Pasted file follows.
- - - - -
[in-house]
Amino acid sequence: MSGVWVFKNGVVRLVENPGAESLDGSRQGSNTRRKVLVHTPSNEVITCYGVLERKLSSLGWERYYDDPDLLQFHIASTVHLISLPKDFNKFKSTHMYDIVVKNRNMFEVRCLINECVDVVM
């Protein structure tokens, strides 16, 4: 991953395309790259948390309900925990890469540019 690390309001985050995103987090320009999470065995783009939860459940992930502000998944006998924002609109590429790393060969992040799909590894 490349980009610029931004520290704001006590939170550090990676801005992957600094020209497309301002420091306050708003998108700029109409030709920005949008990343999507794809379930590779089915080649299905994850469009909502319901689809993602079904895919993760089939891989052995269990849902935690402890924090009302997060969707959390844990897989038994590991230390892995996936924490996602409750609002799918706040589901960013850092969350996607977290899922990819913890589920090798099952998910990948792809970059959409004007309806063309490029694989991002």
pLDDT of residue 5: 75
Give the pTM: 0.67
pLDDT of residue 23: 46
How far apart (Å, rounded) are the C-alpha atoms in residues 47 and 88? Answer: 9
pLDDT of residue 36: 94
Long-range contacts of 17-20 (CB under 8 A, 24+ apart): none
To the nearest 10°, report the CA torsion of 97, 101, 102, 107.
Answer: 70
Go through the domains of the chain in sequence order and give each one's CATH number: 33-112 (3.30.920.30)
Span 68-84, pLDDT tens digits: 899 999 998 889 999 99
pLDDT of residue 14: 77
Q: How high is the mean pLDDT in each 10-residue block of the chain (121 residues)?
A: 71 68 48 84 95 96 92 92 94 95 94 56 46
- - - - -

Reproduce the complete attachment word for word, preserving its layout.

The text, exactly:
[in-house]
Amino acid sequence: MSGVWVFKNGVVRLVENPGAESLDGSRQGSNTRRKVLVHTPSNEVITCYGVLERKLSSLGWERYYDDPDLLQFHIASTVHLISLPKDFNKFKSTHMYDIVVKNRNMFEVRCLINECVDVVM
């Protein structure tokens, strides 16, 4: 991953395309790259948390309900925990890469540019 690390309001985050995103987090320009999470065995783009939860459940992930502000998944006998924002609109590429790393060969992040799909590894 490349980009610029931004520290704001006590939170550090990676801005992957600094020209497309301002420091306050708003998108700029109409030709920005949008990343999507794809379930590779089915080649299905994850469009909502319901689809993602079904895919993760089939891989052995269990849902935690402890924090009302997060969707959390844990897989038994590991230390892995996936924490996602409750609002799918706040589901960013850092969350996607977290899922990819913890589920090798099952998910990948792809970059959409004007309806063309490029694989991002």
pLDDT of residue 5: 75
Give the pTM: 0.67
pLDDT of residue 23: 46
How far apart (Å, rounded) are the C-alpha atoms in residues 47 and 88? Answer: 9
pLDDT of residue 36: 94
Long-range contacts of 17-20 (CB under 8 A, 24+ apart): none
To the nearest 10°, report the CA torsion of 97, 101, 102, 107.
Answer: 70
Go through the domains of the chain in sequence order and give each one's CATH number: 33-112 (3.30.920.30)
Span 68-84, pLDDT tens digits: 899 999 998 889 999 99
pLDDT of residue 14: 77
Q: How high is the mean pLDDT in each 10-residue block of the chain (121 residues)?
A: 71 68 48 84 95 96 92 92 94 95 94 56 46